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What counties in the USA are testing, and which are not?

From the PolicyLab testing data from HHS, below is a plot of SARS-CoV-2 testing rate of each county per 100k residents, with hotter colors with fewer tests and greener colors with more tests (I apologize for the color scheme if you are colorblind). Thank you Vicky Tam!


A few things jump out: some states with recent surges (Florida, Louisiana, Alabama and California) are doing a relatively high level of testing (North Dakota too), while others (Texas, Oklahoma, Georgia, South Carolina, Tennessee, Missouri, Ohio) are doing quite low levels of testing. Maybe even alarmingly low levels of testing.


This low testing can indicate one of several things: (1) there is not much virus so not many people to test, (2) the reported cases are extreme undercounts, (3) people are changing testing practices, e.g. not being tested when asymptomatic, or (4) PCR testing is being replaced by antigen testing that is not being reported.


If testing positivity is high, then explanations (2) and (3) make the most sense, and if low then explanations (1) and (4) make the most sense. Explanation (1) makes sense for places like Maine, but clearly not for recently surging states.


This is an interesting phenomenon to watch moving forward as (1) President Trump has talked about how "reducing tests will reduce cases", (2) The CDC just changed testing recommendations to suggest asymptomatic people should NOT be tested even if exposed to an infected individual, apparently under the direction of President Trump, and (3) in many states antigen tests are increasing used as fast tests for active virus, but the CDC guidelines are vague on whether these should be reported as tests and cases, so they are frequently omitted from the data reported to the government, e.g. Texas. I may have a more detailed blog post coming up looking more deeply into some of these issues.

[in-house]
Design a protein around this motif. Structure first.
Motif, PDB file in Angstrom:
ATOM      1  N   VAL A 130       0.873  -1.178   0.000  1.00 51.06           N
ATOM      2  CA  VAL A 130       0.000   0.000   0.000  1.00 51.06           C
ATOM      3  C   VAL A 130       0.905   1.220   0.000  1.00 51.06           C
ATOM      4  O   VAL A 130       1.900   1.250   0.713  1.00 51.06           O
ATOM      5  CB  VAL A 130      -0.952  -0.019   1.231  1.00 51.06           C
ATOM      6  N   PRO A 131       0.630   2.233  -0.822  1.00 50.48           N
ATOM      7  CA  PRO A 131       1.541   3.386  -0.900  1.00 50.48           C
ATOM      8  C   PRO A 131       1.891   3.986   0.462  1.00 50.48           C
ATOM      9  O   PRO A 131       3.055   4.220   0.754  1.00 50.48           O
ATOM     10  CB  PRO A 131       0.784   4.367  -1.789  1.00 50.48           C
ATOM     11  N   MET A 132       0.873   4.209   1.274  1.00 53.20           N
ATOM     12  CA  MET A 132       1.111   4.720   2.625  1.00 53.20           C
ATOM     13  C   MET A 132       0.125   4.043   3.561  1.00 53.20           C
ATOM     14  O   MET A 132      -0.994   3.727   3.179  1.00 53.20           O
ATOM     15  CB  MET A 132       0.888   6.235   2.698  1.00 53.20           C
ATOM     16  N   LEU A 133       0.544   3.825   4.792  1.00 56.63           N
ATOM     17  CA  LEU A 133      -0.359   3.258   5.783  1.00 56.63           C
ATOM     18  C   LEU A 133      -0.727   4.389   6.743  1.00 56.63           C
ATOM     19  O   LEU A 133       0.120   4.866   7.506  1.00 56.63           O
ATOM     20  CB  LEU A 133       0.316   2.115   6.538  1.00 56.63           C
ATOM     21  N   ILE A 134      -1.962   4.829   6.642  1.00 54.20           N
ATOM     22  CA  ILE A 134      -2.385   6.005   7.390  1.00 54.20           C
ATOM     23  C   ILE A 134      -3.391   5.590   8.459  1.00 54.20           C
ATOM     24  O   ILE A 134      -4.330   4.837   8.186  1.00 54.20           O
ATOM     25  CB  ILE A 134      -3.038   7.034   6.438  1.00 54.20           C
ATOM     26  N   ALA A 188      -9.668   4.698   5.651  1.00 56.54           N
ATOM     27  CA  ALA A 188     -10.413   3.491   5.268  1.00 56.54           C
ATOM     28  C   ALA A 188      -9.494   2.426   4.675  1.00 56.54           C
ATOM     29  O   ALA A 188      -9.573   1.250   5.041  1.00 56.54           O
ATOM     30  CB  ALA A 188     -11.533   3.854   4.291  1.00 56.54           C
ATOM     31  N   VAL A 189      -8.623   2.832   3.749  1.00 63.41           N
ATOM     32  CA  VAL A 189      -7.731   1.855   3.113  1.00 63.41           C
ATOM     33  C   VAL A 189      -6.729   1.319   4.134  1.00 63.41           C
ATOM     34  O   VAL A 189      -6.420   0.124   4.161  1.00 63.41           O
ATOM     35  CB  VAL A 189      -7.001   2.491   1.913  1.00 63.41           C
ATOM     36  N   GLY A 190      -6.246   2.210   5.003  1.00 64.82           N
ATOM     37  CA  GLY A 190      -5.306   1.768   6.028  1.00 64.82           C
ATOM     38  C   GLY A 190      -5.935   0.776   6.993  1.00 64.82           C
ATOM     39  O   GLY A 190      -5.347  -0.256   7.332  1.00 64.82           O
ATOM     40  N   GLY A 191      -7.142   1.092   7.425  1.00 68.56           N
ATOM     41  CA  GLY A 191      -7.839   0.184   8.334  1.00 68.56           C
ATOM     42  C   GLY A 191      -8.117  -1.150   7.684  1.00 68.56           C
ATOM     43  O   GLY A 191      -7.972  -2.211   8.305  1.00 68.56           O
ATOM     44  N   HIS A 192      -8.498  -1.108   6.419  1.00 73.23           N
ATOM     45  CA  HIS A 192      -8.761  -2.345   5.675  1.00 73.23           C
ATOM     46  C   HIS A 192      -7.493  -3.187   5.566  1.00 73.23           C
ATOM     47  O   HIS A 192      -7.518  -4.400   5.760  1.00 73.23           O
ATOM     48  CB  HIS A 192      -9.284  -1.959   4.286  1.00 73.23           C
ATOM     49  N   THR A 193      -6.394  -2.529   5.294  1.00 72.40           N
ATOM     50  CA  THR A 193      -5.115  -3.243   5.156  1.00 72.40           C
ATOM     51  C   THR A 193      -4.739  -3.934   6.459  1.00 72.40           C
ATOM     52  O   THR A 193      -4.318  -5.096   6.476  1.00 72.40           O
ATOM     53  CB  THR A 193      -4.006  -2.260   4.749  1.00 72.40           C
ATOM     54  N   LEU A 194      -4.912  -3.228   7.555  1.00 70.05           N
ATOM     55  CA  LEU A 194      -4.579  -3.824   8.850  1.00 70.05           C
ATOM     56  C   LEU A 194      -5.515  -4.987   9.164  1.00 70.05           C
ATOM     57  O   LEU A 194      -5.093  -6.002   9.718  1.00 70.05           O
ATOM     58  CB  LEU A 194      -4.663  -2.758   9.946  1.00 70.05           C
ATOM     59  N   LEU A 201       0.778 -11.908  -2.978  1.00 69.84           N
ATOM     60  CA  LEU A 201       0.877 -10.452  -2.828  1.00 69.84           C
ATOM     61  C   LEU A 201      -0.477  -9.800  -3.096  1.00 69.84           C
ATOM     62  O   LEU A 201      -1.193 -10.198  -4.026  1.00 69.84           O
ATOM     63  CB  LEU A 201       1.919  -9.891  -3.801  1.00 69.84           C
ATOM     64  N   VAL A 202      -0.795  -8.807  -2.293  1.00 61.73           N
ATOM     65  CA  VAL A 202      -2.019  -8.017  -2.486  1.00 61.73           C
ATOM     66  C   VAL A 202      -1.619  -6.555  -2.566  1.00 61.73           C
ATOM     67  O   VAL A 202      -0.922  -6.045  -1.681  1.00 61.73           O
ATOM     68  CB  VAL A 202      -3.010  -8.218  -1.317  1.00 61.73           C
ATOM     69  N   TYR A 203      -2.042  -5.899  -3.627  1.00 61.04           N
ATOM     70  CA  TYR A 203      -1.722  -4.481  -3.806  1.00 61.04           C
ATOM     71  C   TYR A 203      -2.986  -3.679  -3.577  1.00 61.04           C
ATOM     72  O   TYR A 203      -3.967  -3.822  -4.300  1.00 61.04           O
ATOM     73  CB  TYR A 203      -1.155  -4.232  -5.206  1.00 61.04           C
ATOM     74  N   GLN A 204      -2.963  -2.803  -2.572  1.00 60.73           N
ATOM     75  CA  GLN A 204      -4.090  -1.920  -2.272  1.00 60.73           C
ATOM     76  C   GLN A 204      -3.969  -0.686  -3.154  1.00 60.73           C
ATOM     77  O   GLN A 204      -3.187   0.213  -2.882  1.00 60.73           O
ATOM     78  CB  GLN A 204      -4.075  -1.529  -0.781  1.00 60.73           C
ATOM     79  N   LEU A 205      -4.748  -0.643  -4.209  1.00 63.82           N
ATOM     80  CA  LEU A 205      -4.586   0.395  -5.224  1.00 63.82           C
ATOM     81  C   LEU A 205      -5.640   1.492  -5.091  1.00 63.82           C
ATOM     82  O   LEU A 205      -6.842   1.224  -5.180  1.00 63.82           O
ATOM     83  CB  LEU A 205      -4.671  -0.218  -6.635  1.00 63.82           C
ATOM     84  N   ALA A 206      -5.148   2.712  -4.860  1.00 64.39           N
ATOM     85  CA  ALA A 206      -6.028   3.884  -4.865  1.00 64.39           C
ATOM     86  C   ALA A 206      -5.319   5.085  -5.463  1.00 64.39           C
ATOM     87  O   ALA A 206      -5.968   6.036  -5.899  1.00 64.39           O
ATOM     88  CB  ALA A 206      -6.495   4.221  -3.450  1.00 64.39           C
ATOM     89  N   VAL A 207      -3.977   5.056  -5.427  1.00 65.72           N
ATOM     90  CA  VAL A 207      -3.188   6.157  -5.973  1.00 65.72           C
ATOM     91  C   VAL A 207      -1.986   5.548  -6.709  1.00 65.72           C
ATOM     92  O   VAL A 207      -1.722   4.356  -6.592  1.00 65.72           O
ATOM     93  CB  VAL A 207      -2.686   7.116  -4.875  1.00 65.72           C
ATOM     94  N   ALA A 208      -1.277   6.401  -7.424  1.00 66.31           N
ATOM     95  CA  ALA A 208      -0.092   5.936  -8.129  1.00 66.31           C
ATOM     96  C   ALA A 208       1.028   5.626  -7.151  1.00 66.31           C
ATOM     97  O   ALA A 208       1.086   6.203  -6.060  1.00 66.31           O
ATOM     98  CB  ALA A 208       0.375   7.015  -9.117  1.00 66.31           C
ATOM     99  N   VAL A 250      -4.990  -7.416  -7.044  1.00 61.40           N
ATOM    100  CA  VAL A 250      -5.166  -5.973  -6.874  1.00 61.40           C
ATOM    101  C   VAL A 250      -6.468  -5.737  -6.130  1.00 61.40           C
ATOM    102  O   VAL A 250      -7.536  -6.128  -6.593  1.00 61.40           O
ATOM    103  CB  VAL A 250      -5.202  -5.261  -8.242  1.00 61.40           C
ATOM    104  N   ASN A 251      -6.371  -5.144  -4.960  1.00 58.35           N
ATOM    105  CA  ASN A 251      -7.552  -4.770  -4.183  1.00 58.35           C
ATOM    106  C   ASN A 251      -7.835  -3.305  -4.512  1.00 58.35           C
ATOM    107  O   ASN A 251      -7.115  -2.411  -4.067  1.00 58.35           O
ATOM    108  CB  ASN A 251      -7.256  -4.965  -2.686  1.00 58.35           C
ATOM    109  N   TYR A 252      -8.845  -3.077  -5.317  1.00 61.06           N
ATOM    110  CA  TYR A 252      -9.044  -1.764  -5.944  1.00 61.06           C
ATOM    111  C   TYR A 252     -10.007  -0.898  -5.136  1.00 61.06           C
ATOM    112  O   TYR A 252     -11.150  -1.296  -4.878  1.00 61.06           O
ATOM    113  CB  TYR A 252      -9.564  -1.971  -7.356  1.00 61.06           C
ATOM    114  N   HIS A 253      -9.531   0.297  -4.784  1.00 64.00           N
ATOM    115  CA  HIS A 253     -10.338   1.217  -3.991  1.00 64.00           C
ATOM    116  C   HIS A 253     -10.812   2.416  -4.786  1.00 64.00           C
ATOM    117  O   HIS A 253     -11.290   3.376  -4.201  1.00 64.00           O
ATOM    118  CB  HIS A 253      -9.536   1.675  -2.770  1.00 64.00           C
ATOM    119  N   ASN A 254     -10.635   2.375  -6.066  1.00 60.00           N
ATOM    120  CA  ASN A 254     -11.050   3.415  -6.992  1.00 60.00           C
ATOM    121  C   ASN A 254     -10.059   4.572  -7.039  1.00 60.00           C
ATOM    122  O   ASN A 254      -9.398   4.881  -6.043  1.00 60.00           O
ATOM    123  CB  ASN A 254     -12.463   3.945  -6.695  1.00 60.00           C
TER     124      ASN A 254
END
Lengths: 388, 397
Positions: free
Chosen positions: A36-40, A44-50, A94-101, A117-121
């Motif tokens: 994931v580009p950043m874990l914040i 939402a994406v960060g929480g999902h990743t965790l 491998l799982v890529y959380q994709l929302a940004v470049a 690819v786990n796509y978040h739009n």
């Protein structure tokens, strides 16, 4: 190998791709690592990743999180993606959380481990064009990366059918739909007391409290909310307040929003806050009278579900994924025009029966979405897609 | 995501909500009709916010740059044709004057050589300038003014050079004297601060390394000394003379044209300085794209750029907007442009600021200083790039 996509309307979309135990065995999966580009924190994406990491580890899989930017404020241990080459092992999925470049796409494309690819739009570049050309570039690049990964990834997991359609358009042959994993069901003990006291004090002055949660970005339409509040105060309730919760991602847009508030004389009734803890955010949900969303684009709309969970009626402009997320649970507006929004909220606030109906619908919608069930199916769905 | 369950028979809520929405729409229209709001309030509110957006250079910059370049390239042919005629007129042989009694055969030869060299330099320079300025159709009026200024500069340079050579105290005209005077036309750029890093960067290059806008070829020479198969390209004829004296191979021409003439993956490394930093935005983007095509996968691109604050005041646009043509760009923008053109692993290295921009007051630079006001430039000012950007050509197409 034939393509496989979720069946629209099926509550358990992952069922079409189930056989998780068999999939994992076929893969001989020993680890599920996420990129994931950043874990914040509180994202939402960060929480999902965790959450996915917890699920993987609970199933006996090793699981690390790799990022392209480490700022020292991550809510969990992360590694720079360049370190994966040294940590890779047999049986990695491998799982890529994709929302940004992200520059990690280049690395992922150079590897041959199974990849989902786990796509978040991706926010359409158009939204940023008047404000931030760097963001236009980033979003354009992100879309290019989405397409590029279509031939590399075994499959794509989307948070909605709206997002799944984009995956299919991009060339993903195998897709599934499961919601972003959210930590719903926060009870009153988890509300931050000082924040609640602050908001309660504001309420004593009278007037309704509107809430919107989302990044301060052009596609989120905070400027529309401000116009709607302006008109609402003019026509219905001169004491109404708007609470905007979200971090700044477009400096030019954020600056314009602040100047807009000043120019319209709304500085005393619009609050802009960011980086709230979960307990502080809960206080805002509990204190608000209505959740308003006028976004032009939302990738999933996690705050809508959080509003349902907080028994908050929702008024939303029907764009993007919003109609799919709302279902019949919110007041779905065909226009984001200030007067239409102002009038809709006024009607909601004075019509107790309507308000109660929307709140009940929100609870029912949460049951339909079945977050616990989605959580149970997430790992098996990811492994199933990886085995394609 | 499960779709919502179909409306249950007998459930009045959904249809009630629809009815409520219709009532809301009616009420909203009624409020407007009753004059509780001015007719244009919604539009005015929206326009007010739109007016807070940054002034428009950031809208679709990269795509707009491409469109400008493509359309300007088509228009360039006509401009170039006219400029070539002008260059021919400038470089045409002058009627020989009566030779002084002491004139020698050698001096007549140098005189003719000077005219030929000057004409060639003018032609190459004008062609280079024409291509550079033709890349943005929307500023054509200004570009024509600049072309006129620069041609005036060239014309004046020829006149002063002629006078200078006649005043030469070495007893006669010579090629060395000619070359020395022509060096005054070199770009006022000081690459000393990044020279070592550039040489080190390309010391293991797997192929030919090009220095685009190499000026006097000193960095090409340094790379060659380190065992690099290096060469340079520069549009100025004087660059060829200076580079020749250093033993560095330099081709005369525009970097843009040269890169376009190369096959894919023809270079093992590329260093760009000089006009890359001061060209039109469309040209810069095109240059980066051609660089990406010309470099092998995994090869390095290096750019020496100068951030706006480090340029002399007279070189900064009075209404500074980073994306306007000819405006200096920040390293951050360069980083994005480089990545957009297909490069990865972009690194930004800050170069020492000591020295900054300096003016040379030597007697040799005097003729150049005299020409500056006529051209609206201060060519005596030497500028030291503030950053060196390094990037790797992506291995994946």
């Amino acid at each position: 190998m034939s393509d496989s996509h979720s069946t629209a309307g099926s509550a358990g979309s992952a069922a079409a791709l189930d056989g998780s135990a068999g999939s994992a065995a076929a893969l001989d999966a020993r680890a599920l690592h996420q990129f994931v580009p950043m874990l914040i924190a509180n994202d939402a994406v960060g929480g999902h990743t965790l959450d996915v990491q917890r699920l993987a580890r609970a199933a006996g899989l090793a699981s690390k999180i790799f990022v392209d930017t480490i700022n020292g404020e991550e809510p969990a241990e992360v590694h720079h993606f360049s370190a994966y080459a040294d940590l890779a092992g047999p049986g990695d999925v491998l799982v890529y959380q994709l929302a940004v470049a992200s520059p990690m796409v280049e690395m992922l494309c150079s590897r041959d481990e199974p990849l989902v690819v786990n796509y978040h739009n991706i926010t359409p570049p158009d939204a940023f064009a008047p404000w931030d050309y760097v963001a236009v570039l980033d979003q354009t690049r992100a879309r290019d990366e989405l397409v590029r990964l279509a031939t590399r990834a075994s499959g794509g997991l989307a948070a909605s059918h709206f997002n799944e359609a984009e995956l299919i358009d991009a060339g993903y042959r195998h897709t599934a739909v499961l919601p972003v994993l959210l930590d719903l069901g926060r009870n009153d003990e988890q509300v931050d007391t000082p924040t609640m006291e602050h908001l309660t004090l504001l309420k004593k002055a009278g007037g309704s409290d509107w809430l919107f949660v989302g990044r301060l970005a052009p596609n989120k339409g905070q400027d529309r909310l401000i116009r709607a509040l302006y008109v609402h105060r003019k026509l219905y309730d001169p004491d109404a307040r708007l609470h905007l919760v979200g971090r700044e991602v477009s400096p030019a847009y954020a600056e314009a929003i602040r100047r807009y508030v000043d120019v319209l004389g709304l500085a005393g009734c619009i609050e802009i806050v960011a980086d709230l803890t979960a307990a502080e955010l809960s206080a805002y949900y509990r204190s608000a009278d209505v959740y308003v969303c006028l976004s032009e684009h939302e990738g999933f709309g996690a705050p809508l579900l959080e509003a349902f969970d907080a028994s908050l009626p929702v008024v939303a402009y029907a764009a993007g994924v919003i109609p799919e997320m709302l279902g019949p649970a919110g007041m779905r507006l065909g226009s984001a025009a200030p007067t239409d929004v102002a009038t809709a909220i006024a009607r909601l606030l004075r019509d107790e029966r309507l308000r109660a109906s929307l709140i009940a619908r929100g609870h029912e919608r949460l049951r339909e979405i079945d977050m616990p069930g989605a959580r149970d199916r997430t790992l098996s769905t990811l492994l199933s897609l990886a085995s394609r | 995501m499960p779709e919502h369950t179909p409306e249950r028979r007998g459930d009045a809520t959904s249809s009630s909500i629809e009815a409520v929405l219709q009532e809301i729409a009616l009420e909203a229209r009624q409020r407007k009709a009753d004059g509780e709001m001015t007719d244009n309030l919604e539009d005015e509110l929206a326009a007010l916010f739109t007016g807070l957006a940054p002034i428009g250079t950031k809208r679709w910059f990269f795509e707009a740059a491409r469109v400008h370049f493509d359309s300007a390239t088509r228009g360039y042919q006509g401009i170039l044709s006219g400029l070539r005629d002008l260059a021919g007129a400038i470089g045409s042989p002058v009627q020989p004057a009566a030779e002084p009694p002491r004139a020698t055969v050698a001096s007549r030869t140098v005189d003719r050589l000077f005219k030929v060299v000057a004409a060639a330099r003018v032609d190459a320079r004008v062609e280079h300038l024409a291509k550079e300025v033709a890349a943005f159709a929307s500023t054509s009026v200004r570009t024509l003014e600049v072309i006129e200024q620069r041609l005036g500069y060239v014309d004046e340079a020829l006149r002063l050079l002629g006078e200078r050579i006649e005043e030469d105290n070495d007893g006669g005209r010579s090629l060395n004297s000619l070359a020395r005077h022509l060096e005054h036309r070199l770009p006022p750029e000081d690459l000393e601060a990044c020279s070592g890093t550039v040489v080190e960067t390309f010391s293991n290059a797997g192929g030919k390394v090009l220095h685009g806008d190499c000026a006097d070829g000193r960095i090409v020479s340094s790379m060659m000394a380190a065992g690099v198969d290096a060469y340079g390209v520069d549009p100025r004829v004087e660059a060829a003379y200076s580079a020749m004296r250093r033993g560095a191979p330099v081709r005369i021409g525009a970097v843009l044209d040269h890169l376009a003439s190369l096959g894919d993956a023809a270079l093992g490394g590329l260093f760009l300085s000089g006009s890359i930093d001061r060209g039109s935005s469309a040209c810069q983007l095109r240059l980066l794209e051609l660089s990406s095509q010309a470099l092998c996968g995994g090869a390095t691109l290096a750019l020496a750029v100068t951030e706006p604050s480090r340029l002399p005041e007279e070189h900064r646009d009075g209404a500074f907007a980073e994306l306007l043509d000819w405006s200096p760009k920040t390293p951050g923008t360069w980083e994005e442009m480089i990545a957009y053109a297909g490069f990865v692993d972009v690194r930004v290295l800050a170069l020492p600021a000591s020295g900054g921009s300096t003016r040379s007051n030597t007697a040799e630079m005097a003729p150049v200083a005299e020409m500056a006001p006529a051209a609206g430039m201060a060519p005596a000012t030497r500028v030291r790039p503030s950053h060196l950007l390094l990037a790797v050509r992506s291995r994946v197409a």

All of these factors suggest there may be reduced testing and reduced case reporting, which may make it difficult to follow the progression of the pandemic, which in turn will make it difficult for local municipalities to make informed decisions about tightening or loosening mitigation strategies or opening/closing schools.


We need transparency, coordination, and accountability in data reporting!!!


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6 Comments


Jeffrey Morris
Jeffrey Morris
Aug 29, 2020

The saliva tests are typically pcr tests

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That just made me think- I’ve been pleasantly surprised Travis County has not had higher numbers with UT students going back. But I’ve read they have a huge testing program that uses the saliva kits. So those are antigen screens if I’m correct and would not be reported in TX 🤦🏻‍♀️

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Jeffrey Morris
Jeffrey Morris
Aug 27, 2020

If there is a shortage of pcr supplies some might use antigen tests instead and those might not get reported as cases

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I assumed they would still test everyone new coming into the hospital- but at this point who knows??

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Jeffrey Morris
Jeffrey Morris
Aug 27, 2020

Agreed and hospitalizations could also not go up because positive test needed to count hospitalization as covid related

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